Ashes of the Sun is Django Wexler’s seventh epic fantasy novel for adults. Ninth epic fantasy, if you consider his YA series, the Wells of Sorcery (Ship of Smoke and Steel and City of Stone and Silence), to fall into the same genre—and I do.
Ashes of the Sun combines the scale and sweep of Wexler’s six-volume Shadow Campaigns series (The Thousand Names, The Shadow Throne, and sequels) with the creative and appealing worldbuilding weirdness of the Wells of Sorcery, a tight, intense focus on character, and a driving command of pace and tension. On purely technical grounds—prose, structure, pacing—this is Wexler’s best work yet. And it’s good that Wexler’s acknowledgements flags up his Star Wars influence here, because damn if he hasn’t drawn on the Jedi Order and the Old Republic and extended them to the logical (dystopian, fascist, fairly horrifying) conclusion.
In the middling-distant past of this world, there was a war between the “Chosen” and the ghouls. It seems clear that no one exactly won: Chosen and ghouls are both, apparently, gone from the world, and in the wake of that war humans have to deal with creatures known as plagueborn, which live and grow by consuming and assimilating other beings into themselves. In the Dawn Republic, the Twilight Order see themselves as the heirs of the Chosen. Their remit is to hunt down forbidden magic (dhak) and those who use or smuggle it (dhakim) and protect the Dawn Republic from the plagueborn, but the centarchs of the Twilight Order are the only ones who can use the Chosen’s magic (deiat) and have a monopoly on ancient technology, so their power is ultimately, accountable only to themselves.
Ashes of the Sun has two siblings for its protagonists: revolutionary Gyre, who wants to see the whole system burn, and will accept almost any cost if it means eventually holding repressive power to account; and Maya, taken into the Twilight Order as a child and raised to be part of the system that Gyre abhors, whose mentor has inculcated in her a respect for ordinary people and their problems unusual in her peers—and also a high respect for the necessity and honour of the Twilight Order.
At eight years of age, Gyre tried to fight a centarch who was taking his five-year-old sister Maya away to train as one of them. The centarch injured Gyre badly in punishment, destroying the sight of one eye, and this made Gyre absolutely, furiously, certain that no one should have the power to do that on a whim. For him, the Twilight Order are the jackbooted enforcers of a system that prevents ordinary people from advancing on their own merits.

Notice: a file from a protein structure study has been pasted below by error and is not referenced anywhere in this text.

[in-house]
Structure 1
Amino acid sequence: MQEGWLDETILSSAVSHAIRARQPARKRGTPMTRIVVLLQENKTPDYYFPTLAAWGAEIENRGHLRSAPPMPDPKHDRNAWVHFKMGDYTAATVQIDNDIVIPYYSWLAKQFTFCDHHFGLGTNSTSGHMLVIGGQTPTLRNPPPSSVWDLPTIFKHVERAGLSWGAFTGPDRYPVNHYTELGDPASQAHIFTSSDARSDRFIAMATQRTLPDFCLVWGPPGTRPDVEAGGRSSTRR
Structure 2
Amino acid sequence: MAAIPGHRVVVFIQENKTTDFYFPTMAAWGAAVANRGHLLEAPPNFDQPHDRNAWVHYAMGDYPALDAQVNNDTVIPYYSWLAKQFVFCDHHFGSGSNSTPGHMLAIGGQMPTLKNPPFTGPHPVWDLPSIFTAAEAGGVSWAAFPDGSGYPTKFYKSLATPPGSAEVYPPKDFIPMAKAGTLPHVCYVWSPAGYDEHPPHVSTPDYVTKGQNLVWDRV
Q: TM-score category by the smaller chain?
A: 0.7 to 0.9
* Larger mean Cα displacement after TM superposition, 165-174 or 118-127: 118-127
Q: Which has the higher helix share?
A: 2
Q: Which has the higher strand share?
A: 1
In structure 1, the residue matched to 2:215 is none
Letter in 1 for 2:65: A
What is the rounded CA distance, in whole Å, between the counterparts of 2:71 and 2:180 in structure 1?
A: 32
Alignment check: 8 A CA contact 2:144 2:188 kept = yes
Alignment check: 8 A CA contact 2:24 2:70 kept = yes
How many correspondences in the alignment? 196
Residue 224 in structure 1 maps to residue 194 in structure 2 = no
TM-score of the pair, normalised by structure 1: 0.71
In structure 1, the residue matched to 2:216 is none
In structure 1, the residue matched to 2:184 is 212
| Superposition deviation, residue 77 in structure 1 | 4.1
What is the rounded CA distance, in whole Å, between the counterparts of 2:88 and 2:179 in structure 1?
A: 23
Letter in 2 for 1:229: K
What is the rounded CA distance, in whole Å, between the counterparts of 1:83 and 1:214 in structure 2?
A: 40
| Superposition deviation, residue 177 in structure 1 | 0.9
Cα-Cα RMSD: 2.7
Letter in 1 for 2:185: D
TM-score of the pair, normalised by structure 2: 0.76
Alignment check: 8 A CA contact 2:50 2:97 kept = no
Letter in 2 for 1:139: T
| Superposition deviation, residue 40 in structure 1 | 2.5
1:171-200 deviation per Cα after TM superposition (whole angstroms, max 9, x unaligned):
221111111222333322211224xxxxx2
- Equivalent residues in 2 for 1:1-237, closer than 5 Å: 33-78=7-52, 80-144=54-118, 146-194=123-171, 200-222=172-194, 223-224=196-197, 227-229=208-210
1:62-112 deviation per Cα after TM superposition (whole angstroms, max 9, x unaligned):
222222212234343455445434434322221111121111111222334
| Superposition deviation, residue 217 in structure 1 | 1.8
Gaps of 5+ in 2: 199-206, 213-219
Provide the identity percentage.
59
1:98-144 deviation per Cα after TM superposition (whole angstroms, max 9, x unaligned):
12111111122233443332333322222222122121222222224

Twelve years after that fateful encounter, Gyre lives in the underground city of Deepfire, working with a crew of thieves and revolutionaries who want to overthrow the corrupt rule of the local dux, Raskos Rottentooth. On the side, he’s tracking down rumours of a ghoul cache, a place that might contain artefacts of sufficient power to challenge the Twilight Order and the Dawn Republic. When he meets Kit Doomseeker, a self-destructive and amoral adrenaline-junkie who claims to have found that cache—and who agrees to take him to it if he and the crew he works with pull off a complicated and difficult heist for her—his choices lead him to prioritise power over loyalty, and to make some startling discoveries. They also lead him into unexpectedly direct confrontation with his sister.
Maya’s mentor has kept her away from the politics of the Twilight Order. But with her mentor sent off on a dangerous solo mission, Maya’s assigned to work with others, and has to navigate the order’s political currents alone. Her latest mission brings her to Deepfire, where she uncovers shocking evidence of corruption and secrets concerning a leader of her order. Isolated, and with few allies other than Beq, a young alchemist with whom she enjoys a mutual attraction, she’s forced to confront her order and prove her worth through a potentially-fatal duel—and pursue a mentor who may have betrayed everything she brought Maya up to believe in.
Ashes of the Sun works on an epic scale. There’s layers of history, and magnificent cool shit, and corrupt systems of power that still contain honourable people doing their best. But as a story, its real weight is in the personal: Gyre’s choices and personal connections, including his—unmalicious, but nevertheless—betrayal of friends because he finds other things more important; Maya’s coming of age and her reckoning with her order as not completely the font of all righteousness that she wants to believe it is, and her slow, tentative, youthful beginnings of a romance with Beq despite all obstacles. These are compelling characters, with compelling journeys, and though Ashes of the Sun gives a satisfying conclusion, it’s clear that this is only the beginning of a larger story.
One that will almost certainly include revolution, because I’ve yet to read an epic fantasy by Django Wexler that’s not invested in changing old systems for better ones.
Ashes of the Sun has scale and pace, and tension and batshit cool scenery, and I enjoyed it a hell of lot. (It’s also queer as hell: that’s always a nice bonus.) And I can’t wait to see what comes next.
Ashes of the Sun is available from Orbit.
Liz Bourke is a cranky queer person who reads books. She holds a Ph.D in Classics from Trinity College, Dublin. Her first book, Sleeping With Monsters, a collection of reviews and criticism, was published in 2017 by Aqueduct Press. It was a finalist for the 2018 Locus Awards and was nominated for a 2018 Hugo Award in Best Related Work. Find her at her blog, or find her at her Twitter. She supports the work of the Irish Refugee Council, the Transgender Equality Network Ireland, and the Abortion Rights Campaign.